The nation's biggest television companies including
Launched in 2012 and available in a handful of markets including
Because Aereo is not paying the owners of the television stations whose signals it is transmitting, broadcasters are crying foul and claiming copyright theft.
The Supreme Court filing is seeking to overturn a 2-1 decision made earlier this year by the U.S. Court of Appeals for the Second Circuit in New York, which found that Aereo's transmissions and recordings of broadcast content are not "public performances" of copyrighted material. In addition, the court said the broadcasters "have not demonstrated that they are likely to prevail on the merits on this claim in their copyright infringement action."
There's no guarantee the high court will hear the case. If not, broadcasters would likely continue the fight in the lower courts and then try to take another swing with the Supreme Court.
In the Friday filing to the Supreme Court, the broadcasters said the Second Circuit decision "threatens to upend" the television industry" by "blessing a business model that retransmits 'live TV' to paying customers without obtaining any authorization or paying a penny to copyright owners."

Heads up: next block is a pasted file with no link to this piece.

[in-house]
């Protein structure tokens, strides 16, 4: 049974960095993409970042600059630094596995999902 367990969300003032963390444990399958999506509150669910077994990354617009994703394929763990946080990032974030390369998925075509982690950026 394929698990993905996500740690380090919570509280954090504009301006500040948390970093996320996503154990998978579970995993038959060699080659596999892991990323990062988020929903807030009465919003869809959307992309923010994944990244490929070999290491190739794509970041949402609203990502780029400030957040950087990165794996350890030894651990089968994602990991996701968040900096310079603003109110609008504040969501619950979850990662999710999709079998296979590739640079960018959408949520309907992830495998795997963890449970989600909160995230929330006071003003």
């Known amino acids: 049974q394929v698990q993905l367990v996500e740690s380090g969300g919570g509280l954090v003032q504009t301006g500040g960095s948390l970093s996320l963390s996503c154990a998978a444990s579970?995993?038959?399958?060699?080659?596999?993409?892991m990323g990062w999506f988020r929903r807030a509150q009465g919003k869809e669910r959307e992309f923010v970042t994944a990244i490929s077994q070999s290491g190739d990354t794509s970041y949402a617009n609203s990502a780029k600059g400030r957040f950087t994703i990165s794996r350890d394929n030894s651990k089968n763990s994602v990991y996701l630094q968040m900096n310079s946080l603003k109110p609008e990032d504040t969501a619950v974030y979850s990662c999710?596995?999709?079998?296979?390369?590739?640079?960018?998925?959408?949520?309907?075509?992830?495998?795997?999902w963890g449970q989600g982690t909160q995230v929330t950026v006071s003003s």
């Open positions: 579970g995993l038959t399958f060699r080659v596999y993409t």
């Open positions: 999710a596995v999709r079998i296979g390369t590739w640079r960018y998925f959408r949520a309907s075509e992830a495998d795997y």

Consumers have always had the ability to purchase an antenna to receive over-the-air television signals. However, broadcasters say in their filing that
An Aereo spokeswoman said in a statement that the company would respond to the filing in "due course."
In its ruling, the Second Circuit said since Aereo subscribers are getting an individual transmission streamed from a digital copy of a broadcaster's programming, it was a private performance.
The broadcasters counter that this is a technological loophole.
"Congress did not want liability to turn on the technical details of a transmission service and did not want the statute rendered obsolete by changes in the technology used to communicate performances to the public," the broadcasters said.
Besides the big four broadcast networks, others going after Aereo include
Broadcasters fear that if successful, Aereo could undermine the economics of their business model. Specifically, there are worries that not only will consumers embrace Aereo, but that distributors such as cable and satellite companies will use it or a similar service to avoid paying broadcasters. Broadcasters count on those distribution fees for programming and if Aereo's service catches on, they fear it could severely limit their ability to create and acquire high quality content.
Some broadcasters, including Fox, have even threatened to abandon broadcast television in favor of cable if Aereo and similar services were found to be legal.
Aereo, which won't disclose how many subscribers it has, argues that its service is no different than a pair of rabbit ears on a roof. Its backers include media mogul
New York is not the only place broadcasters have taken on Aereo. In Boston, a group of TV station owners including
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